The top 5 largest power plants in Kenya

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Kenya has slightly over 30 operational power plants ranging from geothermal, hydroelectric, fossil fuel, wind and solar power plants. In this article, we look at the top 5 largest based on the nameplate capacity. As a bonus, we will mention others with a capacity above 100MW.

  1. Lake Turkana Wind Power Plant in Marsabit | 310MW

Lake Turkana Wind Power plant is the largest power plant in Kenya with an installed capacity of 310 MW, enough to supply one million homes or its thereabouts.

The wind power plant sits on an approximately 160 square kilometres piece of land or rather site in Loiyangalani District, Marsabit County. It comprises a total of 365 turbines (type Vestas V52) each of which has an 850-kW capacity.

Developed and owned by Lake Turkana Wind Power Limited, the KSh70 billion Lake Turkana Wind Power Plant project was completed in January 2017 after approximately 27 months of implementation.

2. Olkaria I Geothermal Power Plant in Nakuru | 268.3 MW

The second largest power plant in Kenya is the 268.3 megawatts capacity Olkaria I Geothermal Power Plant.  The power plant is located in the Hell’s Gate National Park, Olkaria area in Nakuru County along with its sister stations, Olkaria II and Olkaria III.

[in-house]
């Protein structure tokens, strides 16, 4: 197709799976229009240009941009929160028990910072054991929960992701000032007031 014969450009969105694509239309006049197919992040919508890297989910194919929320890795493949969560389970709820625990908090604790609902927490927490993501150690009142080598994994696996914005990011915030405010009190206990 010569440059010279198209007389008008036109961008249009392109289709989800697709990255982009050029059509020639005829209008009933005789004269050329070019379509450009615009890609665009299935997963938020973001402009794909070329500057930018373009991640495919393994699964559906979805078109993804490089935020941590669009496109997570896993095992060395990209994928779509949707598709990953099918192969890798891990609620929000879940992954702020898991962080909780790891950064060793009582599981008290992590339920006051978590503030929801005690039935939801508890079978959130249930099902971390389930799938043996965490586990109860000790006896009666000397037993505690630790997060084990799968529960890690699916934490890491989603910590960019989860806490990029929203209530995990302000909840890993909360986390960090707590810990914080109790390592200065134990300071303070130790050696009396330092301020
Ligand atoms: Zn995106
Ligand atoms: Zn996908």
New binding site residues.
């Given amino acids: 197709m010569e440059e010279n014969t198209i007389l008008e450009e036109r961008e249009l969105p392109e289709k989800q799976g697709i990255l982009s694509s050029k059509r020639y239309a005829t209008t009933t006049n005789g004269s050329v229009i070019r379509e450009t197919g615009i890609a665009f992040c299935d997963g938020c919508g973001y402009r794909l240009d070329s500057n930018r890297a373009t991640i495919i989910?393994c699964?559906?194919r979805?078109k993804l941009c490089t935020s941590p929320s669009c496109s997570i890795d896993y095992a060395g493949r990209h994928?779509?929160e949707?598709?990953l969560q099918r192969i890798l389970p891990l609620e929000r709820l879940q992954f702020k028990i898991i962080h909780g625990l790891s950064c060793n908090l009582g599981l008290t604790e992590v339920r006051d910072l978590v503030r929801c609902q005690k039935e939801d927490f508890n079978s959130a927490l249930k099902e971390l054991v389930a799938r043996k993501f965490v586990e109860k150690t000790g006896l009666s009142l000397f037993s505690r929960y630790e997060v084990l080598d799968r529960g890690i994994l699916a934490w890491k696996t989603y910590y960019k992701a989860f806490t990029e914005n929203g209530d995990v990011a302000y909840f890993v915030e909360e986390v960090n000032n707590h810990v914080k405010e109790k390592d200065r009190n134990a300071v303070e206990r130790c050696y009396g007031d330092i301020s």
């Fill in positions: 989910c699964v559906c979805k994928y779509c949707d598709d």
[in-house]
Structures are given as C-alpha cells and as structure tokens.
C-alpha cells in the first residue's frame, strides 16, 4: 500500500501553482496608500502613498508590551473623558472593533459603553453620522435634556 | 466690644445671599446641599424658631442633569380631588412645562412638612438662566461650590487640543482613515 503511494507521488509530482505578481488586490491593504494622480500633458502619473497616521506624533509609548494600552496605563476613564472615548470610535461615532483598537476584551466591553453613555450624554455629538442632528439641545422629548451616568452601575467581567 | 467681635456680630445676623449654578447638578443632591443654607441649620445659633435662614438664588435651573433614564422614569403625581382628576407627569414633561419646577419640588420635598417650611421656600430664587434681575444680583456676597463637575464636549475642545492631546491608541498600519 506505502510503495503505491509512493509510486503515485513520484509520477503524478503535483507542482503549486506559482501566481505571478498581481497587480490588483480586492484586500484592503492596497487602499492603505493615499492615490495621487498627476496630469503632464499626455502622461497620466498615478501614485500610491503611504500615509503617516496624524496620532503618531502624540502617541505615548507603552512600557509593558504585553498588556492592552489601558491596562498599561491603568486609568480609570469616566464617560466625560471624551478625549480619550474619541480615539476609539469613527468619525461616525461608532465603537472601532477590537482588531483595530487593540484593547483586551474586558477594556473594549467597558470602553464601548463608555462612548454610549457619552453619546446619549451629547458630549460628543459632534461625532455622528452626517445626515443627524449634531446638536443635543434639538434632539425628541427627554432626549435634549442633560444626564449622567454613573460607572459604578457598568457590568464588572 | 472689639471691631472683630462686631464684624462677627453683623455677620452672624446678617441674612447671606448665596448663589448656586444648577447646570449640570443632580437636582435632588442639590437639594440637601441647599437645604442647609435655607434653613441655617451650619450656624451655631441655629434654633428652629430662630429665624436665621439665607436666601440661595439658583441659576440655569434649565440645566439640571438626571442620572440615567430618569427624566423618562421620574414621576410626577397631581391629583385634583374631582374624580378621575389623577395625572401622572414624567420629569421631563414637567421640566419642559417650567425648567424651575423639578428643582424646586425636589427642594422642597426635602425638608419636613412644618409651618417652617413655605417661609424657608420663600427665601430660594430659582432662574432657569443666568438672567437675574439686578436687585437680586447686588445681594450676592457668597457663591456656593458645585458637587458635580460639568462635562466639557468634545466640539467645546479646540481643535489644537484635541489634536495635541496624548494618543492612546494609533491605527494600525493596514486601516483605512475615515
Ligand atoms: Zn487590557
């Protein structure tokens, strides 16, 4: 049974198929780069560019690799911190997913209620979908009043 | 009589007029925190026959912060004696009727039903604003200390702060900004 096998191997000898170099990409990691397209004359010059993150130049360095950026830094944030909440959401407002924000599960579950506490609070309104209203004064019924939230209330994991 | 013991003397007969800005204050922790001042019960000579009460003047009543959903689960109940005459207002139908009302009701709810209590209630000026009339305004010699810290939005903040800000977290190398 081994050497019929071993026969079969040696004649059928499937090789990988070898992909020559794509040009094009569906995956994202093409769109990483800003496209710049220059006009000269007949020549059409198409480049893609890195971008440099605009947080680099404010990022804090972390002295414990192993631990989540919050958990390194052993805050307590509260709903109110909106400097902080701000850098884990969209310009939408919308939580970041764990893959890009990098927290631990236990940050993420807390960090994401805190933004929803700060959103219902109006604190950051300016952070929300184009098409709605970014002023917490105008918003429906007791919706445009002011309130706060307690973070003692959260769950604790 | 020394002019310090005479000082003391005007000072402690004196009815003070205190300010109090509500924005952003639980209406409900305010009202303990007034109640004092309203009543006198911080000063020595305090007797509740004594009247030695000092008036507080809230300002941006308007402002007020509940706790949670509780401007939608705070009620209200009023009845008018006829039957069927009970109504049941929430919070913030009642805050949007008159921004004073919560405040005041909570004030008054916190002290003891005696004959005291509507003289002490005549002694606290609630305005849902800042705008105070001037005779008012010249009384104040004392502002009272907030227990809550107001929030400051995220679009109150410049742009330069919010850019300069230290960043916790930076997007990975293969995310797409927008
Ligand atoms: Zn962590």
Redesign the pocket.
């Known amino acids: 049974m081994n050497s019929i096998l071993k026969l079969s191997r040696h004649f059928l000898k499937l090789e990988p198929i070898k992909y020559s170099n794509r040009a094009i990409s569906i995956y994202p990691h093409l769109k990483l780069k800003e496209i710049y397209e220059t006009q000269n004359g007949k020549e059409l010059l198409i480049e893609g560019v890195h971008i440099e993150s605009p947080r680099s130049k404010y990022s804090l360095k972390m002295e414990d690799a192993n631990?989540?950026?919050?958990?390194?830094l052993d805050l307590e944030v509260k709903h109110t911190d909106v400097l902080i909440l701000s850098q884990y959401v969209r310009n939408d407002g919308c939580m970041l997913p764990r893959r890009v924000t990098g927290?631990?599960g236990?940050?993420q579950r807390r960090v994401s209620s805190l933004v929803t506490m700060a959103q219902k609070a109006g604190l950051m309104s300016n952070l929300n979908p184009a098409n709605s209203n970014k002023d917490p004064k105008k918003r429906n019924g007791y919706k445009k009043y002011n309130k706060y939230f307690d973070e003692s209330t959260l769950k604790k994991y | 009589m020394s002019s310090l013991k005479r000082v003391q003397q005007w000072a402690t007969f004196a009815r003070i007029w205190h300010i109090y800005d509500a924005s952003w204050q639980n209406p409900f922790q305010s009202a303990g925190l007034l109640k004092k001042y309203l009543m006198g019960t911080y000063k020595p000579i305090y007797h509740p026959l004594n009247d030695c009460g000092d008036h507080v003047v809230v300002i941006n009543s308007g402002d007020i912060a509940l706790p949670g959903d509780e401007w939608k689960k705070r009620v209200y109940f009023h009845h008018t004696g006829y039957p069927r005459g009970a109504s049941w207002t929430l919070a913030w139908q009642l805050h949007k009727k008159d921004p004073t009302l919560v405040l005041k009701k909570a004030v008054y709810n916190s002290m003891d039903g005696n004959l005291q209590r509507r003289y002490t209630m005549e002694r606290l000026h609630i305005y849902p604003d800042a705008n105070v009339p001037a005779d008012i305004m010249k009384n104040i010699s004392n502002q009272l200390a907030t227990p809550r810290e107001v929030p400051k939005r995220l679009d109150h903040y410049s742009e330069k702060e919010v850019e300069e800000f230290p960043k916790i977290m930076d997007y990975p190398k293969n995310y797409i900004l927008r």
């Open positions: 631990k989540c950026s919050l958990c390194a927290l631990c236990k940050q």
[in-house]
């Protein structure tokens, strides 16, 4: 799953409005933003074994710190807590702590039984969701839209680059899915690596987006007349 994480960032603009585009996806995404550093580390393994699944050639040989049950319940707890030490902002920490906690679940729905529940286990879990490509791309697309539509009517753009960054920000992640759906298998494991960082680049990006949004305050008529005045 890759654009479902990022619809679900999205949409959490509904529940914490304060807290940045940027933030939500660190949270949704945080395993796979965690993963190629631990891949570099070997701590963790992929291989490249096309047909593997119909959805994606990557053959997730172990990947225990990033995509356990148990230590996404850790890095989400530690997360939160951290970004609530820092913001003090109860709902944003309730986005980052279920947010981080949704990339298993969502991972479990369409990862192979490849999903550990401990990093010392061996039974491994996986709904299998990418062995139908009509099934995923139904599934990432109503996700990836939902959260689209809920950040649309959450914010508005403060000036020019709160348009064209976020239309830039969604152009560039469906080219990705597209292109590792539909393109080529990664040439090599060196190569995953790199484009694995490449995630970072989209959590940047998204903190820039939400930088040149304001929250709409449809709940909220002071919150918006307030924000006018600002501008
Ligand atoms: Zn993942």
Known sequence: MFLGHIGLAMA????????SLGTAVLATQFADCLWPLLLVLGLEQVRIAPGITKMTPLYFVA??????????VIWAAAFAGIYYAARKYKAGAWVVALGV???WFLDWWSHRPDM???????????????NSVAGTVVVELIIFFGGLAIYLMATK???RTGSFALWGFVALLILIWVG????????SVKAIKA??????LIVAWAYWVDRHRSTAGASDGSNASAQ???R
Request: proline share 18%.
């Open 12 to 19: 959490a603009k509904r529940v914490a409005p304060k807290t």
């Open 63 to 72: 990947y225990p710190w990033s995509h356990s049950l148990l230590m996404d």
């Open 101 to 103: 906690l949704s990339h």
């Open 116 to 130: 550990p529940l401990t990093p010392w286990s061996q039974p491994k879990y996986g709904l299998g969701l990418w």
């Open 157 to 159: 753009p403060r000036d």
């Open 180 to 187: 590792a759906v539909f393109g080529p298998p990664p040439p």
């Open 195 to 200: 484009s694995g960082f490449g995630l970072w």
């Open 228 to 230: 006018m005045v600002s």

The power plant started operations back in 1981 following the launch of its first unit with a 15MW capacity. In 1982 and 1985, two more turbines’ units 2 and 3 similar to the first one were commissioned respectively bringing the total generation capacity at Olkaria I to 45MW.

In 2015, units 4 and 5 with a 70MW capacity each were commissioned bringing the total installed capacity at the power plant to 185MW. A sixth unit with an installed capacity of 83MW was commissioned in 2022 bringing the Olkaria I Geothermal Power Plant capacity to 268MW.

The capacity of the power plant could however increase to 412 in the near future following the completion of an ongoing project to rehabilitate and expand the capacity of units 1, 2 and 3 from 45 MW to 63 MW. There are also plans to construct new units, 1RP, 2RP and 3RP with a 21MW capacity each by 2025.

Olkaria I Geothermal Power Plant is owned and operated by Kenya Electricity Generating Company.

3. Gitaru Hydroelectric Power Plant in Embu and Machakos | 225MW

Gitaru is a 225 MW capacity run-of-river hydroelectric power plant built on the Tana River at the Embu and Machakos Counties border.

The power plant, which is part of the Seven Forks hydropower plants, comprises a 30-meter-high rock- and earth-fill embankment dam that impounds a reservoir with a maximum capacity of 16 x 106m3 and a spillway capacity of 4500 m3/s. An underground powerhouse equipped with three (2 x 72 MW, 1 x 81 MW) Francis-type generating units is located near the reservoir’s left abutment.

Gitaru Hydroelectric Power Plant’s first two units were constructed between 1975 and 1978. The third unit, mobilizing the full potential of the power plant was not commissioned until 1999. Kenya Electricity Generating Company owns and operates the power plant.

4. Kiambere Hydroelectric Power Plant in Embu/Kitui | 165MW